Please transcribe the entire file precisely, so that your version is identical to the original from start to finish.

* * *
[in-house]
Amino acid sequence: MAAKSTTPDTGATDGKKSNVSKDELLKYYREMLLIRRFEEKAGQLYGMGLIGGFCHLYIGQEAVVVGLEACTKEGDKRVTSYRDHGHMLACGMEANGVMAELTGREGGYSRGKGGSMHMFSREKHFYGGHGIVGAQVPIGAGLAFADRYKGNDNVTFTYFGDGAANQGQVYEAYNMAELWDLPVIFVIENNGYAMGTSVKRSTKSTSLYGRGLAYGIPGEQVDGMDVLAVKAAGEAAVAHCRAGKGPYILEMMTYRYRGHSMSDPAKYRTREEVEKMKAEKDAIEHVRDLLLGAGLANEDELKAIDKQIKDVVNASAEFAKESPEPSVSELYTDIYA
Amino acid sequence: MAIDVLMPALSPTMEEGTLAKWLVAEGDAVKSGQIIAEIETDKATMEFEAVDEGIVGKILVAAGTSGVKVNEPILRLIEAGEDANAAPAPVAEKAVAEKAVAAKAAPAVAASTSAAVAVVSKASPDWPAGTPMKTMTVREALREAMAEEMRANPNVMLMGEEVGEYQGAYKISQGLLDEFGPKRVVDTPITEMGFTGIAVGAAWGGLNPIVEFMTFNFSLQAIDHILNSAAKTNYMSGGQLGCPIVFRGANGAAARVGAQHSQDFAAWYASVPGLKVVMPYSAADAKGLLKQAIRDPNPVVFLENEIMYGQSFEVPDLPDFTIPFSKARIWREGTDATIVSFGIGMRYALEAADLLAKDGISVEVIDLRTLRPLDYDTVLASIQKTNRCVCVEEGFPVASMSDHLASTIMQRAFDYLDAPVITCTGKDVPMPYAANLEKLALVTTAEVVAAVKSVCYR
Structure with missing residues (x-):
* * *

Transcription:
[in-house]
Amino acid sequence: MAAKSTTPDTGATDGKKSNVSKDELLKYYREMLLIRRFEEKAGQLYGMGLIGGFCHLYIGQEAVVVGLEACTKEGDKRVTSYRDHGHMLACGMEANGVMAELTGREGGYSRGKGGSMHMFSREKHFYGGHGIVGAQVPIGAGLAFADRYKGNDNVTFTYFGDGAANQGQVYEAYNMAELWDLPVIFVIENNGYAMGTSVKRSTKSTSLYGRGLAYGIPGEQVDGMDVLAVKAAGEAAVAHCRAGKGPYILEMMTYRYRGHSMSDPAKYRTREEVEKMKAEKDAIEHVRDLLLGAGLANEDELKAIDKQIKDVVNASAEFAKESPEPSVSELYTDIYA
Amino acid sequence: MAIDVLMPALSPTMEEGTLAKWLVAEGDAVKSGQIIAEIETDKATMEFEAVDEGIVGKILVAAGTSGVKVNEPILRLIEAGEDANAAPAPVAEKAVAEKAVAAKAAPAVAASTSAAVAVVSKASPDWPAGTPMKTMTVREALREAMAEEMRANPNVMLMGEEVGEYQGAYKISQGLLDEFGPKRVVDTPITEMGFTGIAVGAAWGGLNPIVEFMTFNFSLQAIDHILNSAAKTNYMSGGQLGCPIVFRGANGAAARVGAQHSQDFAAWYASVPGLKVVMPYSAADAKGLLKQAIRDPNPVVFLENEIMYGQSFEVPDLPDFTIPFSKARIWREGTDATIVSFGIGMRYALEAADLLAKDGISVEVIDLRTLRPLDYDTVLASIQKTNRCVCVEEGFPVASMSDHLASTIMQRAFDYLDAPVITCTGKDVPMPYAANLEKLALVTTAEVVAAVKSVCYR
Structure with missing residues (x-):